A panel discussion with audience Q & A on the problematic forms of "anticapitalism" today.
Held on Wednesday 13th June, 7pm at the University of London Union (ULU), Malet Street, London.
Clare Solomon (co-editor of Springtime: The New Student Rebellions (2011); President of the University Of London Union in 2010)
James Heartfield (active in extra-parliamentary Left for thirty years; author of The 'Death of the Subject" Explained (2002), and the forthcoming Unpatriotic History of the Second World War (2012)).
James Turley (member of the Communist Party of Great Britain (CPGB) for five years, and a regular writer for the Weekly Worker; co-editor and contributer to Red Mist, a blog of Marxist cultural commentary)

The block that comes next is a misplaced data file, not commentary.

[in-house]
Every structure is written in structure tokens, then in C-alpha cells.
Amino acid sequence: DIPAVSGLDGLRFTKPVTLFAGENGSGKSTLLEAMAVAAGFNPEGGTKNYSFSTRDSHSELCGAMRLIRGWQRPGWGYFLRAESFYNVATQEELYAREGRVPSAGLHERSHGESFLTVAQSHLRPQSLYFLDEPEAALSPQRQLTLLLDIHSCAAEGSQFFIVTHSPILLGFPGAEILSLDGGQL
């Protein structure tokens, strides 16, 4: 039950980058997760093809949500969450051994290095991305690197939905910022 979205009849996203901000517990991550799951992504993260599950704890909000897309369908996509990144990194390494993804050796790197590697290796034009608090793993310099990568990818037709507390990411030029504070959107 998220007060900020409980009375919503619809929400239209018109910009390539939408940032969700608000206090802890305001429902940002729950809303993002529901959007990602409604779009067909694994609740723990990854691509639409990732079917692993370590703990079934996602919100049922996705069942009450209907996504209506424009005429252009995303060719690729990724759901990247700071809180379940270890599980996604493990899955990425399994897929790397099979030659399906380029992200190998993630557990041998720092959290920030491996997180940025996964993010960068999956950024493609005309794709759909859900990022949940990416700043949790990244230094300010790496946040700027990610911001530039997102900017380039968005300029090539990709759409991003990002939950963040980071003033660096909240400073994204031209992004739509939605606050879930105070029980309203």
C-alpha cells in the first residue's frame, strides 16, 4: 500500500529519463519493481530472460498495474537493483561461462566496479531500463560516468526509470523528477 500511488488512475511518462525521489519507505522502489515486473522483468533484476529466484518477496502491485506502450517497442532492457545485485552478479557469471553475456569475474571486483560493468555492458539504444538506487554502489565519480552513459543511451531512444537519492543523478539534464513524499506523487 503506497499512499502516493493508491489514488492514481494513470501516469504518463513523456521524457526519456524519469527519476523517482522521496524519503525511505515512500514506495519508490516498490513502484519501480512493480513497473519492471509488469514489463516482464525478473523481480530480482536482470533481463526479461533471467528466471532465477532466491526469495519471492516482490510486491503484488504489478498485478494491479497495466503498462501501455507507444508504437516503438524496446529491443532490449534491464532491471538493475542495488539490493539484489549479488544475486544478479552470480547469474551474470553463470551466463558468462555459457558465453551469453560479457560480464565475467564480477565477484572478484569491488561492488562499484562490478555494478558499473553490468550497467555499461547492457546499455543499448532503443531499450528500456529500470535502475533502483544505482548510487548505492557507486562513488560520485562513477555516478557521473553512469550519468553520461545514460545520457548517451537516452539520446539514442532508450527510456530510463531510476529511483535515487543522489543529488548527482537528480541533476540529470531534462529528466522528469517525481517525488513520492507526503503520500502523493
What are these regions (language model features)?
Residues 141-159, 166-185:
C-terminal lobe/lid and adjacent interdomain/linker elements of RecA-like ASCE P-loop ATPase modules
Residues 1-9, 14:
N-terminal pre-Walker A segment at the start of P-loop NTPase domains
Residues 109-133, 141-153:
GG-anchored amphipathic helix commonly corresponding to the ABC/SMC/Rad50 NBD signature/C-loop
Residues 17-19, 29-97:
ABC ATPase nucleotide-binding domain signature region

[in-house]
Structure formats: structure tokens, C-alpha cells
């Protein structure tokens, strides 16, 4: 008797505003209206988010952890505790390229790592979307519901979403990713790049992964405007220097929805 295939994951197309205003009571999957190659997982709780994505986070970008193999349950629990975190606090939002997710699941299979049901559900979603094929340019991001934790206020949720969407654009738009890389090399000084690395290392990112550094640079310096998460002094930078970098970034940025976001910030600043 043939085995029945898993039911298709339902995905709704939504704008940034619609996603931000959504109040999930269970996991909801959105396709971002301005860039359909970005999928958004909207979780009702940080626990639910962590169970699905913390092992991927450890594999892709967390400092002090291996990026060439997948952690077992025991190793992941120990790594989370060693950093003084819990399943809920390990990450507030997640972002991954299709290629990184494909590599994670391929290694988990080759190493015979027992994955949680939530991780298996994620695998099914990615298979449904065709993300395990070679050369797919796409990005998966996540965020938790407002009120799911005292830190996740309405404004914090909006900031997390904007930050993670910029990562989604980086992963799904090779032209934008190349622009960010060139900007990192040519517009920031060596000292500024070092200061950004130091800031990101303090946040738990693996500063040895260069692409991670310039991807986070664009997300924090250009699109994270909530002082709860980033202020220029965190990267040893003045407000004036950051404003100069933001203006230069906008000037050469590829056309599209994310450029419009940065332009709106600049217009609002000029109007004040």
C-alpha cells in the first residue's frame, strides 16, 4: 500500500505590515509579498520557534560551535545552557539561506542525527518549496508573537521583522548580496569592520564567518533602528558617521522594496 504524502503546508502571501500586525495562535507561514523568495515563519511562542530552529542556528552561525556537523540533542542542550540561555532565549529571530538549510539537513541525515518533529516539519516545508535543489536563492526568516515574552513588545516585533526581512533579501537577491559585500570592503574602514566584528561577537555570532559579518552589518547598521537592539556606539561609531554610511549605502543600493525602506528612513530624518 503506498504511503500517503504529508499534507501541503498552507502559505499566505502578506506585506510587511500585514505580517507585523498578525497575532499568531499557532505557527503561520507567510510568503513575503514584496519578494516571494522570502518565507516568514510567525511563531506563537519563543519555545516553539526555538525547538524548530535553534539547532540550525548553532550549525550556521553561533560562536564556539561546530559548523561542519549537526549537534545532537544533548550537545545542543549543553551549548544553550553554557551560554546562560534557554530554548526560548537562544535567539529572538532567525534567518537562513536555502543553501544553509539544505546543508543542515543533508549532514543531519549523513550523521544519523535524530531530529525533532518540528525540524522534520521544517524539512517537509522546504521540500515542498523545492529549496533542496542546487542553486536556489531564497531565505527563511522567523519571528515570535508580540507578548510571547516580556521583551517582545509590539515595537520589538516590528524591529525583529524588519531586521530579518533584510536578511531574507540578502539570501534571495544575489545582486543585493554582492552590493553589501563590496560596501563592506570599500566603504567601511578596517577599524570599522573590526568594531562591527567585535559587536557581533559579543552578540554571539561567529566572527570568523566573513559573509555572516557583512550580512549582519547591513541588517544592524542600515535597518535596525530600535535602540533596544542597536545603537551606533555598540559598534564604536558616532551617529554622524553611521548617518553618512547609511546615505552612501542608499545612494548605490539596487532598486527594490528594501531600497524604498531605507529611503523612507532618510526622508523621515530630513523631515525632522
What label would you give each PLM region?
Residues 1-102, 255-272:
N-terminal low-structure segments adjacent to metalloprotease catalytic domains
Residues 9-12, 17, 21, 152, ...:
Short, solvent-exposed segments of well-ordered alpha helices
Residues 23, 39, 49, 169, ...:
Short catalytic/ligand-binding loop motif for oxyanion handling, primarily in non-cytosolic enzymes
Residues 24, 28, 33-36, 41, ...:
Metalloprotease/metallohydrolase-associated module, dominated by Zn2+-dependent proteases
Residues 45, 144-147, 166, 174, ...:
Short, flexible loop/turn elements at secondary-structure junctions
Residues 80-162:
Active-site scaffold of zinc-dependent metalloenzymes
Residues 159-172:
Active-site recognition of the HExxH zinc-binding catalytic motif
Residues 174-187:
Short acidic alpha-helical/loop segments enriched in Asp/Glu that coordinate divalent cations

Matt Cole (organizer, researcher, editor, writer, Rousseauist; Kingston University)
Laurie Rojas (founding member of the Platypus Affiliated Society, editor of the Platypus Review).
"[After the 1960s, the] underlying despair with regard to the real efficacy of political will, of political agency [. . .] in a historical situation of heightened helplessness [. . .] became a self-constitution as outsider, as other [. . .] focused on the bureaucratic stasis of the [Fordist/late 20th Century] world: it echoed the destruction of that world by the dynamics of capital [with the neo-liberal turn after 1973, and especially after 1989].
The idea of a fundamental transformation became bracketed and, instead, was replaced by the more ambiguous notion of âresistance.â The notion of resistance, however, says little about the nature of that which is being resisted or of the politics of the resistance involved â that is, the character of determinate forms of critique, opposition, rebellion, and ârevolution.â The notion of 'resistance' frequently expresses a deeply dualistic worldview that tends to reify both the system of domination and the idea of agency.